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In this blog post we propose 3 learning techniques to support you in the application of Rosenshine’s Principles in the classroom, when guiding and monitoring student practice.
This previous blog post provides a brief introduction to Rosenshine’s Principles.
A word wheel (see above image) is at its essence a compact puzzle that your students can solve individually, or in groups of two or three.
The goal is for your students to spot as many combinations as possible. It doesn’t matter what you ask your students to combine: letters, numbers, etc. What matters is that students always use the central word, letter or number to resolve the puzzle.
This learning technique is applicable to all subjects and topics, and during all phases of a lesson. It could be an interesting technique to implement during a test, perhaps as a bonus question? Alternatively, it could be offered at the beginning of a lesson as a lesson starter to boost student engagement, and get them ready for the challenge ahead.
As a teacher, you are constantly looking for visuals related to your subject matter. You know how powerful imagery is. Images leave a strong impression on your students’ minds, stimulate curiosity and boost engagement. But how do students look at an image? Do they see all its details, or does that take more than just looking at it briefly?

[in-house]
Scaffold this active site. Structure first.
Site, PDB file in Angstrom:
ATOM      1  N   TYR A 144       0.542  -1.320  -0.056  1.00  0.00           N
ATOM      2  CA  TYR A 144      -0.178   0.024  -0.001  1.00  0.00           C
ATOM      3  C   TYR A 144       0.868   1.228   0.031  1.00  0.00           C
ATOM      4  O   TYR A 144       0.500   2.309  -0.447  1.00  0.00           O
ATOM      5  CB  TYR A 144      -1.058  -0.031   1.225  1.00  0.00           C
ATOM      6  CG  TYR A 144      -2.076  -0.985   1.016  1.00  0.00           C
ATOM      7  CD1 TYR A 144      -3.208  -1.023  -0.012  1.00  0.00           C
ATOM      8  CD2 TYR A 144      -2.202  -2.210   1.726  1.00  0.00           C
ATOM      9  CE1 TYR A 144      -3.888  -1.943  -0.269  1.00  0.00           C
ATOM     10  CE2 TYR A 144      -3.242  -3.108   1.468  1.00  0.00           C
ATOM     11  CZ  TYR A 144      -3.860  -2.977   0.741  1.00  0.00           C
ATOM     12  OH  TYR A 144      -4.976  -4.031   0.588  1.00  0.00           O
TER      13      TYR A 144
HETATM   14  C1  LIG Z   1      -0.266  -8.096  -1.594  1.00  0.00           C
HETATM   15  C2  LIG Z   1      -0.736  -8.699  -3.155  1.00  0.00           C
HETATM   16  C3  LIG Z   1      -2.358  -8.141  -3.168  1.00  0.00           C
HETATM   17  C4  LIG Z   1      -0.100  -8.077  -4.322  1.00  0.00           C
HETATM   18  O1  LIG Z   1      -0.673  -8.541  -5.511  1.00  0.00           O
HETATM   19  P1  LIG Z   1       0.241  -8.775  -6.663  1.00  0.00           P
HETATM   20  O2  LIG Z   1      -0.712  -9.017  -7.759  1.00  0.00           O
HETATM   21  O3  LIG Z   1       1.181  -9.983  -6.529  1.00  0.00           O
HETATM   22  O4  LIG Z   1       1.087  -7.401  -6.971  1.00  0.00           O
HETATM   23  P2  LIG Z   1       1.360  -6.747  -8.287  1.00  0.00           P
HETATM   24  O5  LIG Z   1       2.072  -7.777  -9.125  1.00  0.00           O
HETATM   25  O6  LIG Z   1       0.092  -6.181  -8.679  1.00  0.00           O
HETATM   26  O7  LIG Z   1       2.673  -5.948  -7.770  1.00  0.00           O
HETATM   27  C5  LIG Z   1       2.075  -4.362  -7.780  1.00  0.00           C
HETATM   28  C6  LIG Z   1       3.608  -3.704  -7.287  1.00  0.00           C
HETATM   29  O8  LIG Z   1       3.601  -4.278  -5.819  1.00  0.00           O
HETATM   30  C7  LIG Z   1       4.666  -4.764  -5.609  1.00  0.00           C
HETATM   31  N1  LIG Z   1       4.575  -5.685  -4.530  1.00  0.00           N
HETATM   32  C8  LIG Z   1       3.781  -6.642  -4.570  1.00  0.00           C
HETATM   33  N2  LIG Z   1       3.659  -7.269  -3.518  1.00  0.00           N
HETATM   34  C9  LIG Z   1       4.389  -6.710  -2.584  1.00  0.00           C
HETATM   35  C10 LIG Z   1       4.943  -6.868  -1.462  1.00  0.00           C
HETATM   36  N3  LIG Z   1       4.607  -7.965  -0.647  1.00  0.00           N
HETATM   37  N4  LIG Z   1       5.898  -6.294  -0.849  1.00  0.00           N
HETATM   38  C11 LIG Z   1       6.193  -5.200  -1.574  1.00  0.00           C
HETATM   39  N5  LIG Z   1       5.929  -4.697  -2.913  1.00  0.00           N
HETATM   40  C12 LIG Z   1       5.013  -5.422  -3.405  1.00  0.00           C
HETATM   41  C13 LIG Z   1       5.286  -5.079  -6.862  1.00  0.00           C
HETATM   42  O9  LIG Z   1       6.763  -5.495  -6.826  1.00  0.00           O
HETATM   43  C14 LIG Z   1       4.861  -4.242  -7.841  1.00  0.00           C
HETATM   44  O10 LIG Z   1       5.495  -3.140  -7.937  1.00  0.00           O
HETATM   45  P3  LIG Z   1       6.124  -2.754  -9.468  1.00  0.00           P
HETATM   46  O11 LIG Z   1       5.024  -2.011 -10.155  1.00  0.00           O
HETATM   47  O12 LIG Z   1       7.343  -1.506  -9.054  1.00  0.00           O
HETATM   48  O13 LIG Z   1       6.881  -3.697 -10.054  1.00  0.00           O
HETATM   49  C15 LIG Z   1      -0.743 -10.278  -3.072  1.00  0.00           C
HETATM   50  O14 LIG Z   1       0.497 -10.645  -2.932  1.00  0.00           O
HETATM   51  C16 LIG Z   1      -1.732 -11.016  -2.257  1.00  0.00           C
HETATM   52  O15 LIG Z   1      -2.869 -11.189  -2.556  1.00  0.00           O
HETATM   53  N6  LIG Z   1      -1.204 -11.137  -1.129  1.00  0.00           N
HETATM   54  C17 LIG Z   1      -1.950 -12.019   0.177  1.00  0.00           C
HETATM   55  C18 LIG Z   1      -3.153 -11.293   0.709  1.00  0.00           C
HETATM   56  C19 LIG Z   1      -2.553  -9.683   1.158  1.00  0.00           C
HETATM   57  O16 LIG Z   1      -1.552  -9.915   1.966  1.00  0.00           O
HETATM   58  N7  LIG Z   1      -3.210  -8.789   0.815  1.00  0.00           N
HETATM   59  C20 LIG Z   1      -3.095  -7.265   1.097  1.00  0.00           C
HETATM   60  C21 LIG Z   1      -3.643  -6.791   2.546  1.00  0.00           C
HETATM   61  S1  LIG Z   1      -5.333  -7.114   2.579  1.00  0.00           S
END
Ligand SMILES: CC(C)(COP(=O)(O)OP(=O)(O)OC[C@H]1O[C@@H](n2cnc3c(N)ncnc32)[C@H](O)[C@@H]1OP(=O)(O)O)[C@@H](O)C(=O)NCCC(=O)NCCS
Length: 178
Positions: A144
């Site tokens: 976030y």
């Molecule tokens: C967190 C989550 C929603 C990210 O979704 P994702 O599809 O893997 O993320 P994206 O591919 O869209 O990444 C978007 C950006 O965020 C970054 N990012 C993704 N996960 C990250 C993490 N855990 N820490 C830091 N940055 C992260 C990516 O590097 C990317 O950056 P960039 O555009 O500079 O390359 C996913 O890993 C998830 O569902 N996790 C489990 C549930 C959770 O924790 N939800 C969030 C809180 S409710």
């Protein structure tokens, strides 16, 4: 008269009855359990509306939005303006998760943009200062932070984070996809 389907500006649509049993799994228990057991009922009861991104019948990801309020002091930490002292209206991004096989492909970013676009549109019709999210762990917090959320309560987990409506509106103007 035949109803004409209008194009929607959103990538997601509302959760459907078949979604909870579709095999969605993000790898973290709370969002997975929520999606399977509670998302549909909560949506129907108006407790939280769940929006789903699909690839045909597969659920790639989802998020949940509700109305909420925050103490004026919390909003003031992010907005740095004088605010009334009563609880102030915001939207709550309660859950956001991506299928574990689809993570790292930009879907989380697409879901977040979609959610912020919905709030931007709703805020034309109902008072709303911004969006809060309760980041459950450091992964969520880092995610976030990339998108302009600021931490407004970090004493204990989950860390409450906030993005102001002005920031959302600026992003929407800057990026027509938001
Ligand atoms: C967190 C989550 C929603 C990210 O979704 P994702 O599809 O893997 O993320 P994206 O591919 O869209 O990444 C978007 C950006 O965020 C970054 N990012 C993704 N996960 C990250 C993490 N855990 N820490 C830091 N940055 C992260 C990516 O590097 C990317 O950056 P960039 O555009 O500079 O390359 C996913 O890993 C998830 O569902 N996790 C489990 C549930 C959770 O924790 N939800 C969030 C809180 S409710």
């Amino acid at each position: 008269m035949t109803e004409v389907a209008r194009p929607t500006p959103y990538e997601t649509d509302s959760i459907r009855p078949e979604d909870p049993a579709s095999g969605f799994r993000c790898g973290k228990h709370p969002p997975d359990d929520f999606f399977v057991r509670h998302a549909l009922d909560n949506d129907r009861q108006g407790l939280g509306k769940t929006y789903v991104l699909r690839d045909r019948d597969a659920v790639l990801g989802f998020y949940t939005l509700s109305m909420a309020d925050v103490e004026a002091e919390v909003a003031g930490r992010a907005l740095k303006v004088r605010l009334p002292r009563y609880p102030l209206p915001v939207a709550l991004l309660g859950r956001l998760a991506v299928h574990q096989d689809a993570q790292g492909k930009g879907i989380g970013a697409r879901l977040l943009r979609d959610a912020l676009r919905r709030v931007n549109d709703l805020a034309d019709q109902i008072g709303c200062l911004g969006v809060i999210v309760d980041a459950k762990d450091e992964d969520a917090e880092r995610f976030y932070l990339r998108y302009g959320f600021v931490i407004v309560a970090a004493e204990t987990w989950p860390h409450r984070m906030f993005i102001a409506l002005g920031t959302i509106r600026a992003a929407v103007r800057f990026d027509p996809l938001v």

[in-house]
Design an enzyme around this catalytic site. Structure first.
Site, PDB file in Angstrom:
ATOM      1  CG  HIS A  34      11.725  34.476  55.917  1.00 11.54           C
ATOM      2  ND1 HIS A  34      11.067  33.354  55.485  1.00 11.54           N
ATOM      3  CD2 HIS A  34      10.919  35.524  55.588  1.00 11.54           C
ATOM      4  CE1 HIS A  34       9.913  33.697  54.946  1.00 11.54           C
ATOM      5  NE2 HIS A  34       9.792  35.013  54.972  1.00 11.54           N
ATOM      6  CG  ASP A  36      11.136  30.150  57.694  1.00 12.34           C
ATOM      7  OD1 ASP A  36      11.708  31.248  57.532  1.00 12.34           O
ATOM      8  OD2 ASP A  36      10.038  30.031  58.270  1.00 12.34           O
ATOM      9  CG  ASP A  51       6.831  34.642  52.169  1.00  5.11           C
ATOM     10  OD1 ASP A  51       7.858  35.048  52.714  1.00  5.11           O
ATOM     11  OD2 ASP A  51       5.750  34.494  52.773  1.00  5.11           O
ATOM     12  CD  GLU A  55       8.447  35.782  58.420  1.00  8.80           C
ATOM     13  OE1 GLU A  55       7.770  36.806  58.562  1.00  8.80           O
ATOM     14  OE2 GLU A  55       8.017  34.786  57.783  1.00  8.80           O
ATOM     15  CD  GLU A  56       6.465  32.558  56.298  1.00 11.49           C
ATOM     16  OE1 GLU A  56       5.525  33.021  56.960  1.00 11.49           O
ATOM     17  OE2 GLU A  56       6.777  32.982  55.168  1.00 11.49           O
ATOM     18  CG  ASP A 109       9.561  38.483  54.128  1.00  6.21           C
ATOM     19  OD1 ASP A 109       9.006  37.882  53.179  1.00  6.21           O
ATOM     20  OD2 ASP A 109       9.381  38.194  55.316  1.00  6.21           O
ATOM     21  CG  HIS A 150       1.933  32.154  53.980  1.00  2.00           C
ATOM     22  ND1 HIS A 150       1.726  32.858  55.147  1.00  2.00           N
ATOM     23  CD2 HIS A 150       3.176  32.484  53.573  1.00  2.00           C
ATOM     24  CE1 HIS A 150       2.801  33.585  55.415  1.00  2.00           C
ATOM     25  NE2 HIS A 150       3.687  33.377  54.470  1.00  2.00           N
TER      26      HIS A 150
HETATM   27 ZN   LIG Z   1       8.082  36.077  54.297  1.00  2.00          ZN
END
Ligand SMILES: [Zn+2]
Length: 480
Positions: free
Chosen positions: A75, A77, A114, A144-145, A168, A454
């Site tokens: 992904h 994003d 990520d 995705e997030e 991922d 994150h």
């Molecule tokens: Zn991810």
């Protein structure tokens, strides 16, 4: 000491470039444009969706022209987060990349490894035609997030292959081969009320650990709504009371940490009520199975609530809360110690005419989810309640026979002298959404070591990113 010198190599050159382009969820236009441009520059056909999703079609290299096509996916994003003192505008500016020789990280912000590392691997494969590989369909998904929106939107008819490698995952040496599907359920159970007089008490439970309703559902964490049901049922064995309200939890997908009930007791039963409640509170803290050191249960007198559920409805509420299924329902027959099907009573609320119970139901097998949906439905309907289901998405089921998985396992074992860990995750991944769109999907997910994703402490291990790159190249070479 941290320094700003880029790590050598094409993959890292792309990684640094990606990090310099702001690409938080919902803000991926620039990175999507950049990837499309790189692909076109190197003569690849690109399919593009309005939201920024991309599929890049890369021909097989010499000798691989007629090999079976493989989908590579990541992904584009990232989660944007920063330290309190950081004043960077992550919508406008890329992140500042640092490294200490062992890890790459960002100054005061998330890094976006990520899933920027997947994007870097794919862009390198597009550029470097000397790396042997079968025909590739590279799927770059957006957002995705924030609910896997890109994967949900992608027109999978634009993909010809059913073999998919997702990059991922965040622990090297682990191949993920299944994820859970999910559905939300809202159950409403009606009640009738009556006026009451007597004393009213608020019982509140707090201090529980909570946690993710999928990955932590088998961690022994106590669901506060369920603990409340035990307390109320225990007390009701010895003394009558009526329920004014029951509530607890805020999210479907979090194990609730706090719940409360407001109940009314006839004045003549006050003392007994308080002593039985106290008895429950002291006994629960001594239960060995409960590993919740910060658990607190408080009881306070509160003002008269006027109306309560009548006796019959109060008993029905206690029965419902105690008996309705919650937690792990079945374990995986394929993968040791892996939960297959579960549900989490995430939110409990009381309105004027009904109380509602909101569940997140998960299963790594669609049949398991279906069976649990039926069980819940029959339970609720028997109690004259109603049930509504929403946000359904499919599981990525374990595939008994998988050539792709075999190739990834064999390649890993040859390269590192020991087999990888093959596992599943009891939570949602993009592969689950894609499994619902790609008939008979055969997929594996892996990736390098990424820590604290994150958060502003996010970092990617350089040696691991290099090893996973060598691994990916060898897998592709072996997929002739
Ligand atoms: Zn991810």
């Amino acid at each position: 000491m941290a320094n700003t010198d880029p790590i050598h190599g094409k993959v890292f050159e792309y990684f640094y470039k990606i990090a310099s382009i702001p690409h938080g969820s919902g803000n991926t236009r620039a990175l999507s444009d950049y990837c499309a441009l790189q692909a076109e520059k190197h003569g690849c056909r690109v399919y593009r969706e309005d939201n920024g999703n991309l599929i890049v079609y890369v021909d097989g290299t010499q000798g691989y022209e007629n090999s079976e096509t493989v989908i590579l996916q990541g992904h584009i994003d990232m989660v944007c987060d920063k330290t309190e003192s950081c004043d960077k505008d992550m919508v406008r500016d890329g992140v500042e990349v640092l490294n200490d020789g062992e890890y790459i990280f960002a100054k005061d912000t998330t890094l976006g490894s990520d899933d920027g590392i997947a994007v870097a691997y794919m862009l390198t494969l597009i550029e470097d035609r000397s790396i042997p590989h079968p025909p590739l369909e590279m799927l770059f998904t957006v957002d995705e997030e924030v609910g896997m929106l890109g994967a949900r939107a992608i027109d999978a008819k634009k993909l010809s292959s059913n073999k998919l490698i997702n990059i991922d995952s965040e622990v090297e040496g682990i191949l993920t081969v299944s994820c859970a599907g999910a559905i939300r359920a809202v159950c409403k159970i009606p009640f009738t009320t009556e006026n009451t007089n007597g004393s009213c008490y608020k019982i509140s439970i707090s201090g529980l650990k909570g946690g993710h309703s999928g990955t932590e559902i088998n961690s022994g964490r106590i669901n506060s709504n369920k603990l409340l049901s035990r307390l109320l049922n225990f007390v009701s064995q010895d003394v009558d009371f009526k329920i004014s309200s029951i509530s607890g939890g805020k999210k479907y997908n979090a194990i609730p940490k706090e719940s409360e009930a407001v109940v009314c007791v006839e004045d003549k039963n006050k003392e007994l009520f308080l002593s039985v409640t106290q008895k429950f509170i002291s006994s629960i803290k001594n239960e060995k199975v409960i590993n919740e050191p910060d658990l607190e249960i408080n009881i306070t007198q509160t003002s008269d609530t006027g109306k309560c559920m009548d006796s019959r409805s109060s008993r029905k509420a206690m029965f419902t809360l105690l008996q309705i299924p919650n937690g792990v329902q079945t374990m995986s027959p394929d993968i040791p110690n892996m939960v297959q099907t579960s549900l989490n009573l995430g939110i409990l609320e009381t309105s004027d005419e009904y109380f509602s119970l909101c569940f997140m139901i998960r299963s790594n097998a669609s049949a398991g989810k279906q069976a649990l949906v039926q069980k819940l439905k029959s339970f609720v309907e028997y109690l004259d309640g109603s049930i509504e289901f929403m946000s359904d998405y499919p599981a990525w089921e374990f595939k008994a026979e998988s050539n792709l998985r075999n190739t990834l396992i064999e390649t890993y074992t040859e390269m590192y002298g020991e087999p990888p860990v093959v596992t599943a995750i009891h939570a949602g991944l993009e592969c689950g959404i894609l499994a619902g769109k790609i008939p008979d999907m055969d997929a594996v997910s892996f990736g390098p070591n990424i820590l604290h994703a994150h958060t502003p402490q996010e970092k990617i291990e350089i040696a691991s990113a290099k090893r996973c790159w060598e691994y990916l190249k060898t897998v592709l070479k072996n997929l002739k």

This learning technique is perfect to practise ‘seeing’ while looking at something. It also supports students’ communication skills, and builds their ability to perform under pressure.
Divide your students into teams of 3 or 4. Within each team, number your students from 1 to 4. Provide them with pencils, an eraser, and a white sheet of paper.
All students with the number 1 are invited to study the image first. They can look at it for 20 seconds. After 20 seconds they go back to their group, and have to explain what they have seen. Each team has between 5 and 10 minutes to replicate the picture.
After the assignment and while discussing it with your class, remember to focus also on the process, and not only on the resulting drawings. How was the teamwork and the communication flow? Which strategy did each team follow?
One of the best ways to understand a new topic is to ask questions about it. This is valid for everybody, and especially for students who are preparing for an assessment, or simply revising a lesson. Asking questions helps memorise and anchor new concepts.
With this learning technique, students are shown a phrase or sentence concerning a certain topic, and they have to think of a relevant question to the answer.
‘Match a question to this answer’ is perfect for subjects such as history or geography, but could be applied, with some adjustments, to maths or modern languages.
For more information on practical ways to implement all Rosenshine’s Principles during your lessons, download our detailed white paper with 12 learning techniques.
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